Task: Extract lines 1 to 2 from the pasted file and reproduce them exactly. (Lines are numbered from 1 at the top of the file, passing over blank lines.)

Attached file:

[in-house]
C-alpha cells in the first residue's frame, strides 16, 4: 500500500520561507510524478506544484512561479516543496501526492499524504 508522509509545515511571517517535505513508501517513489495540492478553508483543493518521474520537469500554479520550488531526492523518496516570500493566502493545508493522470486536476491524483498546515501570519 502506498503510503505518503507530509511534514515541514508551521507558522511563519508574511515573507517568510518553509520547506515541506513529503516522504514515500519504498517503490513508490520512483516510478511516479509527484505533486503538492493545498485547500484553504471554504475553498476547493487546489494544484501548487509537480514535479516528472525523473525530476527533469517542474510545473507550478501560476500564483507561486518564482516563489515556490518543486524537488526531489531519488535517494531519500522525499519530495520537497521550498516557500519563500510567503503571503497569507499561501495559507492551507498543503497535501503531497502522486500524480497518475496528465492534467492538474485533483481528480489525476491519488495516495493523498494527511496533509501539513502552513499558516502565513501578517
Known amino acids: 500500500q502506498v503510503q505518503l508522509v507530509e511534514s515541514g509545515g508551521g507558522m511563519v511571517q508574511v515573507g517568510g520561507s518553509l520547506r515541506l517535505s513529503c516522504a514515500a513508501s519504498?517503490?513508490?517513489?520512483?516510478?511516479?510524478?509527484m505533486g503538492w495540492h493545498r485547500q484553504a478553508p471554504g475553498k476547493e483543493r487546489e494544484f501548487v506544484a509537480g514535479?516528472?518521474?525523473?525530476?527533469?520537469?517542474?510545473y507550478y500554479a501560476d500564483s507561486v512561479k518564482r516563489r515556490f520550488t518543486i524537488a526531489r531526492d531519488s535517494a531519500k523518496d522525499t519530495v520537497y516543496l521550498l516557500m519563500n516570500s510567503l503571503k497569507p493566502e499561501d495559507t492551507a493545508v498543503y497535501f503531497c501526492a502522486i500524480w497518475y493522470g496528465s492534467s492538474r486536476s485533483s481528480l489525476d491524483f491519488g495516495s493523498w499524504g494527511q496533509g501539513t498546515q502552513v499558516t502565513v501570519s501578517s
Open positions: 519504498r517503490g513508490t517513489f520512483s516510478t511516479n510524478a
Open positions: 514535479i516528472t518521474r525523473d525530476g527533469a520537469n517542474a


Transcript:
[in-house]
C-alpha cells in the first residue's frame, strides 16, 4: 500500500520561507510524478506544484512561479516543496501526492499524504 508522509509545515511571517517535505513508501517513489495540492478553508483543493518521474520537469500554479520550488531526492523518496516570500493566502493545508493522470486536476491524483498546515501570519 502506498503510503505518503507530509511534514515541514508551521507558522511563519508574511515573507517568510518553509520547506515541506513529503516522504514515500519504498517503490513508490520512483516510478511516479509527484505533486503538492493545498485547500484553504471554504475553498476547493487546489494544484501548487509537480514535479516528472525523473525530476527533469517542474510545473507550478501560476500564483507561486518564482516563489515556490518543486524537488526531489531519488535517494531519500522525499519530495520537497521550498516557500519563500510567503503571503497569507499561501495559507492551507498543503497535501503531497502522486500524480497518475496528465492534467492538474485533483481528480489525476491519488495516495493523498494527511496533509501539513502552513499558516502565513501578517